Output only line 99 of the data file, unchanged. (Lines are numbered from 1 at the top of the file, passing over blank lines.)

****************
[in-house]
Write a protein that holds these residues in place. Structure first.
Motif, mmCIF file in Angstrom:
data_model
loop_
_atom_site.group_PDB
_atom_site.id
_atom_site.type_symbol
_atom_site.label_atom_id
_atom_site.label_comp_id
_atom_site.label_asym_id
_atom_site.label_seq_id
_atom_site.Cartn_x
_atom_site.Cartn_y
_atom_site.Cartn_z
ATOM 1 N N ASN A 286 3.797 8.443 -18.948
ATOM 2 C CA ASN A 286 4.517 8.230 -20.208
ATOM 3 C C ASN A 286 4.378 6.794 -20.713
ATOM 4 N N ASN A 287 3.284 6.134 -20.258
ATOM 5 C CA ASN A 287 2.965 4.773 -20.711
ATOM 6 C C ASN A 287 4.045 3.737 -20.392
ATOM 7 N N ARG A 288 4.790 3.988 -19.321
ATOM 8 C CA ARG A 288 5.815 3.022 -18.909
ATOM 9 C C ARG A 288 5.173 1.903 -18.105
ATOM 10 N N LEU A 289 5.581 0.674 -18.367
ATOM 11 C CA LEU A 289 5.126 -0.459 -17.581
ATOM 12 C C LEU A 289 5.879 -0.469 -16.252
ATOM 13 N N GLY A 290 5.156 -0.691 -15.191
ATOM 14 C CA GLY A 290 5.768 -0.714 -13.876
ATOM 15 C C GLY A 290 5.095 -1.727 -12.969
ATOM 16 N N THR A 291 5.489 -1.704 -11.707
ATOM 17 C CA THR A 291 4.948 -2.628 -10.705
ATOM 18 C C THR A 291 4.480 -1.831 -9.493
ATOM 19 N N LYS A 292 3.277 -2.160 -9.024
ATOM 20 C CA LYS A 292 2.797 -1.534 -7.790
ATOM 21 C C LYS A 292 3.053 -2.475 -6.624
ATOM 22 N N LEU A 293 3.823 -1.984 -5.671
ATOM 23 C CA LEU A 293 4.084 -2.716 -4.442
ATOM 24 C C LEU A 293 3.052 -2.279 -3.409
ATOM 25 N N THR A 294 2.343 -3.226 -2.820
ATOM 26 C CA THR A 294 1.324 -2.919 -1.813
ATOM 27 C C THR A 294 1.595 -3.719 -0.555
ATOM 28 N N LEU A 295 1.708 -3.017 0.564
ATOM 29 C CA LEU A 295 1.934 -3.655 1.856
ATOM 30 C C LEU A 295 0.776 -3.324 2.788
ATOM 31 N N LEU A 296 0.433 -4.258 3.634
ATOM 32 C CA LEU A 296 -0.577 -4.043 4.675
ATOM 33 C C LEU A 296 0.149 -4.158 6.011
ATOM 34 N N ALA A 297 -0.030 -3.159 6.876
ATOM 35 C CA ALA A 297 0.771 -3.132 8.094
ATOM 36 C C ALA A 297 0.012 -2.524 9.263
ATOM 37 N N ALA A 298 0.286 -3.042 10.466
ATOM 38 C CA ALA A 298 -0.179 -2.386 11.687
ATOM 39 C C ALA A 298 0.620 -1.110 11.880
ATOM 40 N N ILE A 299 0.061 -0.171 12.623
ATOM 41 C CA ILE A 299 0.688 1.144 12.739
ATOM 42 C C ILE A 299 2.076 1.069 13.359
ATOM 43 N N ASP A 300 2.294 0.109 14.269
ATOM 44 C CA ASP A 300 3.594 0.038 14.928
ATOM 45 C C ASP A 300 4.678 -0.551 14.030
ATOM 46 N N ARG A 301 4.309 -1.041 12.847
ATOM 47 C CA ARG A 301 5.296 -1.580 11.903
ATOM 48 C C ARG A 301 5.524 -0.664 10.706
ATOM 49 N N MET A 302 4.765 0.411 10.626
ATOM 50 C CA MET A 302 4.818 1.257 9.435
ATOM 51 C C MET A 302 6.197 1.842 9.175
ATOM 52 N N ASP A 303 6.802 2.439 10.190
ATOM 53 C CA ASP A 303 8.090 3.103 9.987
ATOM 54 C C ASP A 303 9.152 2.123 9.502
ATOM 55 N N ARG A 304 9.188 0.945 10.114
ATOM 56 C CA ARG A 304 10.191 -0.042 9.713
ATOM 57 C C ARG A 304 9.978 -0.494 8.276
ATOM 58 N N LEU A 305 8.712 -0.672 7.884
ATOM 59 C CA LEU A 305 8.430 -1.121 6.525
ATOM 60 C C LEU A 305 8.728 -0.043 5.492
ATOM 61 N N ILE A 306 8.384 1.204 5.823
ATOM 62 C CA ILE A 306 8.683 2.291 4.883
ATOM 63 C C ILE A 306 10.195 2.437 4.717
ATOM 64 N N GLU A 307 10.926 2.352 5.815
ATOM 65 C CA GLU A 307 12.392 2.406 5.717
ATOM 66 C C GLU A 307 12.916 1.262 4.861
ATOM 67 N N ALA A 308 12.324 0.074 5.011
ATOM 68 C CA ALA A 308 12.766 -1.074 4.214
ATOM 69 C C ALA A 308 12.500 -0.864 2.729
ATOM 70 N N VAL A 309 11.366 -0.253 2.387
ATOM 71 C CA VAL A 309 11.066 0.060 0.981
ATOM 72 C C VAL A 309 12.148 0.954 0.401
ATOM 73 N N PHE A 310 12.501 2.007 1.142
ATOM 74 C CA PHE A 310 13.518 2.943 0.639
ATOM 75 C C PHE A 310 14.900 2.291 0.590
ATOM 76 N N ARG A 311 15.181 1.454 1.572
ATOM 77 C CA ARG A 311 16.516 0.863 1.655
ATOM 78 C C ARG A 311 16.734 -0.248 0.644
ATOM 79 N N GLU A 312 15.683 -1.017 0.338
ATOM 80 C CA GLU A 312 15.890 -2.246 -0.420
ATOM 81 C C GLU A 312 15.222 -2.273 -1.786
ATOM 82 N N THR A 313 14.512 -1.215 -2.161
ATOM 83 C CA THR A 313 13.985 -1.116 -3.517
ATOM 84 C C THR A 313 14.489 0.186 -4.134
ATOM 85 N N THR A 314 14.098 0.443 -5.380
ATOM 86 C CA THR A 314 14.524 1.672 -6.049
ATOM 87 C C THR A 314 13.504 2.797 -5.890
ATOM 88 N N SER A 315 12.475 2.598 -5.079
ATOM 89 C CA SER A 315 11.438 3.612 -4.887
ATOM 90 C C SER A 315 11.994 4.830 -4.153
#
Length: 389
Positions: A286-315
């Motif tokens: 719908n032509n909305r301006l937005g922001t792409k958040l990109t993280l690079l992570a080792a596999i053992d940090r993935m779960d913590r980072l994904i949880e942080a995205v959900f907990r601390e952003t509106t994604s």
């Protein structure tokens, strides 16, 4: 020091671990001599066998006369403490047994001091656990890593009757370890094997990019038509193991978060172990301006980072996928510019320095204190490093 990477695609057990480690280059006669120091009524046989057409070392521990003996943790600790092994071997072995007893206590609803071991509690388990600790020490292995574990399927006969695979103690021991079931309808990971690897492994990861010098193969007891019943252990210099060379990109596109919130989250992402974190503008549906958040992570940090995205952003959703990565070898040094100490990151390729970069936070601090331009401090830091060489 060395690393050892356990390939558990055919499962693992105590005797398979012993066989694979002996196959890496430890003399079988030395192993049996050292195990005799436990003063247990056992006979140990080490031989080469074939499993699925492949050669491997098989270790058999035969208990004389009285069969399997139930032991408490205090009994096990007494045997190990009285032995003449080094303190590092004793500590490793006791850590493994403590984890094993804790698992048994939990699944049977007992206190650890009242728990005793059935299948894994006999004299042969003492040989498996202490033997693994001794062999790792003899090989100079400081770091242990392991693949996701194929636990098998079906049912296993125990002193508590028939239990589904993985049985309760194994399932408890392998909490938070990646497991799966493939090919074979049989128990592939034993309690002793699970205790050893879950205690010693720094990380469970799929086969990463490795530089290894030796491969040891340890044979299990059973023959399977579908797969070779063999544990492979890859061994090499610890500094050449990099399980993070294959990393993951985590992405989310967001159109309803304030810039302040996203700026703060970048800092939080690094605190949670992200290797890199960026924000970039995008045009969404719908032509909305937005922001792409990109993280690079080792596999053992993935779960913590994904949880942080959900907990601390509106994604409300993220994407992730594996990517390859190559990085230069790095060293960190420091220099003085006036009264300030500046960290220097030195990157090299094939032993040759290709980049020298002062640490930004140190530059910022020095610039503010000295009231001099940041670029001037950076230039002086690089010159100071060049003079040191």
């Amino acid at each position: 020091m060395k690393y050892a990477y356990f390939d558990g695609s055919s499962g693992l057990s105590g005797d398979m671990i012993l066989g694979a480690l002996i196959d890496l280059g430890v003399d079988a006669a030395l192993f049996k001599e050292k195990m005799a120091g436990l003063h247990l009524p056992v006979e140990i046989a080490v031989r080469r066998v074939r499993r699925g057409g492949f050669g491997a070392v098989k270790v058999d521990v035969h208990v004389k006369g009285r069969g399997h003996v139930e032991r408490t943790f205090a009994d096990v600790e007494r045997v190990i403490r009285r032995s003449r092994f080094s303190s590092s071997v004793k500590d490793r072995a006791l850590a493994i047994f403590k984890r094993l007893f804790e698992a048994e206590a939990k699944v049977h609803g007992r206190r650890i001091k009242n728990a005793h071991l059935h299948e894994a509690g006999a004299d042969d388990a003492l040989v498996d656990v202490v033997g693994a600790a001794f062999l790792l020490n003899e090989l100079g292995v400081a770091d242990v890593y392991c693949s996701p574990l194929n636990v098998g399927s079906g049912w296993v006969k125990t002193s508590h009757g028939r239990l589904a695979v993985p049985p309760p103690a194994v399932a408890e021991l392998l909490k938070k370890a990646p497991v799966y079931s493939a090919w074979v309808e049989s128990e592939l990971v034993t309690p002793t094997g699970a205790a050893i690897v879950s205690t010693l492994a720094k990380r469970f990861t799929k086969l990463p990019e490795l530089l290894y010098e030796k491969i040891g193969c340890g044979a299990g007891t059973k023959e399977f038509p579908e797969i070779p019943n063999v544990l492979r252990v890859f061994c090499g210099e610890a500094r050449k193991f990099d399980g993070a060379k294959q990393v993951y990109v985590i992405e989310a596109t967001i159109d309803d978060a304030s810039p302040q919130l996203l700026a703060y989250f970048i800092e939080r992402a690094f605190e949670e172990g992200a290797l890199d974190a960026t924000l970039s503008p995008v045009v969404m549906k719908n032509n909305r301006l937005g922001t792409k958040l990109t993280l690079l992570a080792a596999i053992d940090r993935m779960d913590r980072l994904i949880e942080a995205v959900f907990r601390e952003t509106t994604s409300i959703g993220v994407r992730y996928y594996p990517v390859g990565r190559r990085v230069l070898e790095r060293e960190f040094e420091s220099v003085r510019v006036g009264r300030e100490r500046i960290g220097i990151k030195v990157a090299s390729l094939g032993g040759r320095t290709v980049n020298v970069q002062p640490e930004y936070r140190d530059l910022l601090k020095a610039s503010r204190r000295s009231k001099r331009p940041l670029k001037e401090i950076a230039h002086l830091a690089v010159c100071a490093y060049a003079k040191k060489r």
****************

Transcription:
ATOM 84 C C THR A 313 14.489 0.186 -4.134